Joel GibsonProducer Joe Gibbs’ (born Joel A. Gibson) career spans a healthy chunk of Jamaica’s musical history. From the early days of rocksteady to ’80s dancehall, Gibbs put together a slew of hits by such island stars as the Pioneers, Dennis Brown, the Heptones, Culture, Frankie Paul, and Nicky Thomas. Along with his contemporary, producer Bunny “Striker” Lee, Gibbs can lay claim to being one of the most important of Jamaica’s musical giants, due not only to the fact he stayed active for such a lengthy amount of time, but also because he was able to produce a consistent run of hits of the highest order.

Born in Montego Bay in 1945, Gibbs’ sojourn as a producer began after he spent some time in the United States qualifying to be an electronics engineer. Upon returning to Jamaica, Gibbs set up his own TV repair shop at 32 Beeston Street, Kingston and eventually began selling records there as a sideline. Further exploring the local music scene, he also helped producer Ken Lack out as an assistant and record promoter. Gibbs soon began to strike out on his own, though, setting up a two-track studio in the back of his shop and recruiting the already established Lee Perry to oversee sessions — Perry had already cut his teeth during the ska years as both an engineer and producer for Clement “Coxsone” Dodd and Prince Buster. Next, with the encouragement of Bunny Lee, Gibbs started his own Amalgamated label in 1967. The first single he produced, Roy Shirley’s “Hold Them,” would eventually go down as what many feel is the first rocksteady song.

By 1968, Gibbs was in full swing as one of the island’s most popular producers. And even though Perry would depart the same year to form his own Upsetters label, Gibbs kept on rolling by, enlisting the talents of the young Winston “Niney” Holness to carry on as session supervisor (the Perry split was apparently not the most amicable of business dealings, as evidenced by the subsequent release of Perry’s pointed volley at Gibbs, “People Funny Boy,” and Gibbs’ response, “People Grudgeful Boy”). Up until 1971, in fact, Gibbs released over a hundred singles, many of them smash hits. His roster at the time boasted some of Jamaica’s top singers and groups, including Errol Dunkley, Ken Parker, Peter Tosh, the Versatiles (featuring Junior Byles), the Slickers, and of course Pioneers. Perry also cut a few sides while with Gibbs, including “Kimble,” “Thank You,” and his nom de plume song, “The Upsetter.” Gibbs, like many of the new crop of producers to emerge during the rocksteady period (Derrick Harriott, Clancy Eccles, Lloyd Daley, et al.), also cut many instrumentals under such leaders as tenor saxophonists Carl “Cannonball” Bryan and Tommy McCook and even delved into the burgeoning DJ terrain with fine work by Sir Lord Comic and innovator Count Machuki. Holding the varied output together was Gibbs’ main studio band during this first golden stretch, Lyn Taitt and the Jets. Along with McCook and Bryan, Taitt’s stellar band also featured such revolving personnel as bassist Jackie Jackson, drummer Hugh Malcom, organists Aubrey Adams and Ansell Collins, pianist Gladstone Anderson, and guitarists Hux Brown and Lloyd Willis — the horn section was no less distinguished, with the likes of trumpeters Johnny “Dizzy” Moore and Bobby Ellis and trombonist Vin Gordon sitting in on many a record. Adding to this hefty arsenal, Gibbs also enlisted the help of another hot band of the period, the Hippy Boys, which featured the Barrett Brothers rhythm tandem, guitarist Alva Lewis, and organist Lloyd Charmers.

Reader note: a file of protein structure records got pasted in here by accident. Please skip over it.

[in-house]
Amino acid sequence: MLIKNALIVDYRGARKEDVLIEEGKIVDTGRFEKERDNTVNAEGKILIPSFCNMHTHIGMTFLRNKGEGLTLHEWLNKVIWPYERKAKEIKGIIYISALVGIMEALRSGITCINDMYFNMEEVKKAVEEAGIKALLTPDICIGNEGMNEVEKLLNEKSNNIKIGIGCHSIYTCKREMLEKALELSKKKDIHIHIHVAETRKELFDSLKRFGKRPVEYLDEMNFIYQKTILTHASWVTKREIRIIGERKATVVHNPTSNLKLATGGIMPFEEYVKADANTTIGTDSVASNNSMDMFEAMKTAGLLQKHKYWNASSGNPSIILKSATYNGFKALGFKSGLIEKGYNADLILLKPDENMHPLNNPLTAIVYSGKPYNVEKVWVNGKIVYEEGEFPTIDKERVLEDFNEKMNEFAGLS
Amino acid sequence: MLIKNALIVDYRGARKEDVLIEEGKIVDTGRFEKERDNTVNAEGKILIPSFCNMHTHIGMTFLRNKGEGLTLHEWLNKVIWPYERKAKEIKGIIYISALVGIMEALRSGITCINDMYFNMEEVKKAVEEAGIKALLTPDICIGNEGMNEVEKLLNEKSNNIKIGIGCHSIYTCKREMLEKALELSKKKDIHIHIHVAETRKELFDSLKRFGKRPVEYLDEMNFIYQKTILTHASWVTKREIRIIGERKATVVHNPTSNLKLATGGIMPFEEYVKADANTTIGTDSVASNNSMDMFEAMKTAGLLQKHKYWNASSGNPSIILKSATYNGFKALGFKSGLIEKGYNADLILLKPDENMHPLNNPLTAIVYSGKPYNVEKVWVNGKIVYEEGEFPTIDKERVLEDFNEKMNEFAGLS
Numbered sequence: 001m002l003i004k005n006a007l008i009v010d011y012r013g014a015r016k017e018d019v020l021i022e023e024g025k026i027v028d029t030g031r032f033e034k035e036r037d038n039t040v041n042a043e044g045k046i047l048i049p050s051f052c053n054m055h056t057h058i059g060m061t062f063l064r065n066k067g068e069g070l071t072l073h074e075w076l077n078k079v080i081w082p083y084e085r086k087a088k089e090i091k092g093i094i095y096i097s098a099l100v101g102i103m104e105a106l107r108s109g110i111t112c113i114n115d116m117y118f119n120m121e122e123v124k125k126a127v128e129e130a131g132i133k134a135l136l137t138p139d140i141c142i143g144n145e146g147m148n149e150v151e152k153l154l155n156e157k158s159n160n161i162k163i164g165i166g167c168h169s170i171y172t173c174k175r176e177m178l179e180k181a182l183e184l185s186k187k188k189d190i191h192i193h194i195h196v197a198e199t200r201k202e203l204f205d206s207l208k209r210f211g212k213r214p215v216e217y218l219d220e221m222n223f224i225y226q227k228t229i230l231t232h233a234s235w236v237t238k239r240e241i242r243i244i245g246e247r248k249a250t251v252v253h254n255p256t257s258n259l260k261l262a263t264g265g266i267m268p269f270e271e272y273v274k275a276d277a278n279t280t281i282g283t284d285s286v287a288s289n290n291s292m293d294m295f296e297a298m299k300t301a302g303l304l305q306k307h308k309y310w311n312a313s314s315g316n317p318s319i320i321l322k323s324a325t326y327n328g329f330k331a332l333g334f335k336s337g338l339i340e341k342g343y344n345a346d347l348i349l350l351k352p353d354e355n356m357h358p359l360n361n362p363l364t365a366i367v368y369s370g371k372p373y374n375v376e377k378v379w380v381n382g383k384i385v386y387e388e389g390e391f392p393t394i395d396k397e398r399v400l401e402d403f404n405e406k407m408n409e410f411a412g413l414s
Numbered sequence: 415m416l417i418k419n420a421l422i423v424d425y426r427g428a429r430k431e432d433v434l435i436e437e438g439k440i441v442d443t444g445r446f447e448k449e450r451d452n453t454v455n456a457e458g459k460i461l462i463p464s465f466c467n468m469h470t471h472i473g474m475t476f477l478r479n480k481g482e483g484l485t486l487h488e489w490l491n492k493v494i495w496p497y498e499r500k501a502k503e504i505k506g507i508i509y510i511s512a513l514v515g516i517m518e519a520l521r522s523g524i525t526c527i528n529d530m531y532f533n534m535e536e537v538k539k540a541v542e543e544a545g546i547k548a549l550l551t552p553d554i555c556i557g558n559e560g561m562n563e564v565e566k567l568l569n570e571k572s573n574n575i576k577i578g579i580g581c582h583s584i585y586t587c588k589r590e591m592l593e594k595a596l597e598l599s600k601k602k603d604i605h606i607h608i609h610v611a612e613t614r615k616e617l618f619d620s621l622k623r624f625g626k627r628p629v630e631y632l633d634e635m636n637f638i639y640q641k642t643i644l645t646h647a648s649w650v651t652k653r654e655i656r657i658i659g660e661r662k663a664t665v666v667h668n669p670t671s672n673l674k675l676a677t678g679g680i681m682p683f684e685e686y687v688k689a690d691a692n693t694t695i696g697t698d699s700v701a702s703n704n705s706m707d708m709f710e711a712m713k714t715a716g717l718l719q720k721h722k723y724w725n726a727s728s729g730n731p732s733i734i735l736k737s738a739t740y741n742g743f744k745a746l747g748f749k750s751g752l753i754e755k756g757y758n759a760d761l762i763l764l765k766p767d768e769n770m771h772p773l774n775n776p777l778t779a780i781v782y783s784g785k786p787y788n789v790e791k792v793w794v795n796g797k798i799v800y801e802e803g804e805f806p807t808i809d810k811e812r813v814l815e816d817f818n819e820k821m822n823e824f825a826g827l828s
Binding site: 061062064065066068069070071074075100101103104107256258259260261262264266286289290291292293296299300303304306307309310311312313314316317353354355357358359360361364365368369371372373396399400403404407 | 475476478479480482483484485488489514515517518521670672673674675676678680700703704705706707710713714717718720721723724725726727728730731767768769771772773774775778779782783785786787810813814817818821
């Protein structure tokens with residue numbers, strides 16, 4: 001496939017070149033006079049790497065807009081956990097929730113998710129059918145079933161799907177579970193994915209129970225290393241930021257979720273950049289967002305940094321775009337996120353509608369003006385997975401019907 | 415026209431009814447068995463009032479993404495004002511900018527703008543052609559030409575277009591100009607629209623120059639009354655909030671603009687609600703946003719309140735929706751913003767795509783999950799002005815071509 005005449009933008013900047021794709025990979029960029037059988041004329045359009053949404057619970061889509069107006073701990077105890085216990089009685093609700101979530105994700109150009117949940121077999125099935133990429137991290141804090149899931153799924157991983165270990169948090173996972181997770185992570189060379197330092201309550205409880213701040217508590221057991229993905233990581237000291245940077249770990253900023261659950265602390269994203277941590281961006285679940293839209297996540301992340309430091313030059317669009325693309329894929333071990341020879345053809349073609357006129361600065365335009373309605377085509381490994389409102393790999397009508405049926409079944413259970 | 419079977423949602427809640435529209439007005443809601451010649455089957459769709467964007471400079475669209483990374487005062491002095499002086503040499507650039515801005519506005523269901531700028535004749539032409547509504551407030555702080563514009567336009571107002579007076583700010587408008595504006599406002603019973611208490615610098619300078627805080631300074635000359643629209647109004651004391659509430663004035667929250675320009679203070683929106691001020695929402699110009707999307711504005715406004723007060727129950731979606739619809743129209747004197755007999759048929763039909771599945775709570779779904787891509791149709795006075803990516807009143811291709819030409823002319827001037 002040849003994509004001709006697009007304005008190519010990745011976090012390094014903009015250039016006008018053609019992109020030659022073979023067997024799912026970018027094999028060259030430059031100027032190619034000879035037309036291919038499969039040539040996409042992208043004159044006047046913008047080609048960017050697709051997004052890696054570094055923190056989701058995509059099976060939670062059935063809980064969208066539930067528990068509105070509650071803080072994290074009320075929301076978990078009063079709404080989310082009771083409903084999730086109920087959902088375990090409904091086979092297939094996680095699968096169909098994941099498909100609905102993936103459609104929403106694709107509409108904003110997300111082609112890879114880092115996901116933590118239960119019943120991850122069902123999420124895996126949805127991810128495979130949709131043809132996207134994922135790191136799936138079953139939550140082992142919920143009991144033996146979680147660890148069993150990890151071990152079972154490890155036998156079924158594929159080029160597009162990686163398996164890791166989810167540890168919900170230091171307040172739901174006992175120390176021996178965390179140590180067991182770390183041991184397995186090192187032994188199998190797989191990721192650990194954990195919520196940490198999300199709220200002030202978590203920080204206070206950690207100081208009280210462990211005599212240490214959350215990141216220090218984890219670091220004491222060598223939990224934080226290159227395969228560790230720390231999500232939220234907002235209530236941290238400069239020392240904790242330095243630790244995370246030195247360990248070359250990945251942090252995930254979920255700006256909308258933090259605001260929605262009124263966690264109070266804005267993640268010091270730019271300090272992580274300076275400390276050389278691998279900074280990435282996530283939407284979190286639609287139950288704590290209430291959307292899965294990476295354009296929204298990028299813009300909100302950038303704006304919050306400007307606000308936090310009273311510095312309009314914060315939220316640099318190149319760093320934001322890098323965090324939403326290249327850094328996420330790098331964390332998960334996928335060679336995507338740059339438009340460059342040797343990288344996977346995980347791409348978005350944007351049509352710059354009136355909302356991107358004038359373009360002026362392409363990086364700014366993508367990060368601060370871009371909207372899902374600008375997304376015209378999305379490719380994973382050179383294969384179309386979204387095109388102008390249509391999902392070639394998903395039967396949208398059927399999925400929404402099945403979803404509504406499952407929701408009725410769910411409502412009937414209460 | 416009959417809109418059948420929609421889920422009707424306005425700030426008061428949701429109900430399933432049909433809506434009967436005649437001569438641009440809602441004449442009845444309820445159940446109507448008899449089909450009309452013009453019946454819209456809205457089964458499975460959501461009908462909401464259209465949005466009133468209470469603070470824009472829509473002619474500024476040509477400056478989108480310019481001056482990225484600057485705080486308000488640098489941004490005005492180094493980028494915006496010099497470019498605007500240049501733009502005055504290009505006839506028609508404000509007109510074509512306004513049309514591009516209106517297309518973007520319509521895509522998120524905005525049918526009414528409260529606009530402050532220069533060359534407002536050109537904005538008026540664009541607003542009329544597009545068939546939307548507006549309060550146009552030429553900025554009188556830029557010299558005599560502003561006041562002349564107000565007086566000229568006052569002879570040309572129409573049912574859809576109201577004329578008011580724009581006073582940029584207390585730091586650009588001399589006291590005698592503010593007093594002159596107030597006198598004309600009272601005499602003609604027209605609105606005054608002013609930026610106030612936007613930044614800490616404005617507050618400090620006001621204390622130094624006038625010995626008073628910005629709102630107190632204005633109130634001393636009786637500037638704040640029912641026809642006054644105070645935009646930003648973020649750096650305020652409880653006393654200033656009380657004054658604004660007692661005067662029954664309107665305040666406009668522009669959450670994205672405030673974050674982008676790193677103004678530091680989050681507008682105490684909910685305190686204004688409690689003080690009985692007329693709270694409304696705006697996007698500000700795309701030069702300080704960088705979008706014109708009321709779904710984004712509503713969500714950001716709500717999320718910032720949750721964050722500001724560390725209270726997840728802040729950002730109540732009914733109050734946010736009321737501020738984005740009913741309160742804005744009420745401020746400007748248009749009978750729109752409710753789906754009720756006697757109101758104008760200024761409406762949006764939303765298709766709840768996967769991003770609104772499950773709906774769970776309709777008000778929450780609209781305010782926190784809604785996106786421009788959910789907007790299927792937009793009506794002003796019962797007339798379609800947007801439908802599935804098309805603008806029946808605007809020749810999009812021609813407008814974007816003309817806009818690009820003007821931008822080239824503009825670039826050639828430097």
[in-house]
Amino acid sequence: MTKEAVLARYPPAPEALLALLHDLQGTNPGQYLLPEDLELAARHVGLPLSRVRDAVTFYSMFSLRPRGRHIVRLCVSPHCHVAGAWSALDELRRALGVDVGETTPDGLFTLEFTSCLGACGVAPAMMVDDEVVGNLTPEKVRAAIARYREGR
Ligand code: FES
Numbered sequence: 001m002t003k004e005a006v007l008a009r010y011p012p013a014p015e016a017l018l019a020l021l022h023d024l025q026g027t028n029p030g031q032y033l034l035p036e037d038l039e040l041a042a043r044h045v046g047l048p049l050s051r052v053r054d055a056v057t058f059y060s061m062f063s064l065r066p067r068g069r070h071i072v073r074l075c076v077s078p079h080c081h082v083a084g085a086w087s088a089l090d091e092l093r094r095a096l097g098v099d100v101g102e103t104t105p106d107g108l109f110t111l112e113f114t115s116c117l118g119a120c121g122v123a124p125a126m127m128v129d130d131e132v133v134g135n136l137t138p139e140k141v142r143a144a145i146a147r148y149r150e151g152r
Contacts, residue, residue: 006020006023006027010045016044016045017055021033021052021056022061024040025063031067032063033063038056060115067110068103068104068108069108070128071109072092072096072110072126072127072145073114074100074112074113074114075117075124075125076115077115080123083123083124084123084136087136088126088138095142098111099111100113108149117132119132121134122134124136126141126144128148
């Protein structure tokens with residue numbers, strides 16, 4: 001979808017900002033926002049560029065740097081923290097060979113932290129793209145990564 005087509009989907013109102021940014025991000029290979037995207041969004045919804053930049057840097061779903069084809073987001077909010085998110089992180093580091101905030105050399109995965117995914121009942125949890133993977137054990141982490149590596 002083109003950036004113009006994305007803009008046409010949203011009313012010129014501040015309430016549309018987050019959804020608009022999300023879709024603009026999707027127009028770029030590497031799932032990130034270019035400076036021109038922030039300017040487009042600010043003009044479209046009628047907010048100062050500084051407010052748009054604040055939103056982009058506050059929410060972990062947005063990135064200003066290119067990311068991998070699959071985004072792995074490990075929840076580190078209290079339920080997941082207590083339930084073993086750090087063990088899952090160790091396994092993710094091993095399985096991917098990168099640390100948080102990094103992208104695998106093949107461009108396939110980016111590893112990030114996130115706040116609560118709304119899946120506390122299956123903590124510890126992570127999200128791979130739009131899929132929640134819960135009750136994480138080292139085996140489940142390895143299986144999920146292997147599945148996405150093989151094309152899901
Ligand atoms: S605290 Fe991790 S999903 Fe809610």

As 1970 rolled around and rocksteady evolved into the sounds of early reggae, Gibbs found his first international success with Nicky Thomas’ “Love of the Common People,” which went number nine in the U.K. that summer. At the same time, Gibbs began expanding his holdings by introducing three new labels, Jogib, Shock, and Pressure Beat. He also opened his New York Record Mart at 11 South Parade, Kingston and set up his own two-track studio in the Duhaney Park district. During this time, Gibbs released fine sides by the Ethiopians,Delroy Wilson, and the Heptones.

joe gibbs recording studio

In 1972, Gibbs switched his studio operations to 20 North Parade, Kingston and soon cut one of his best-known hits, Dennis Brown’s “Money in My Pocket.” At this time, Gibbs also teamed up with the engineer Errol Thompson, who had already been working at Randy’s Studio for several years. The two men would go on to produce more than 100 number one records over the next several years and eventually become known as the Mighty Two.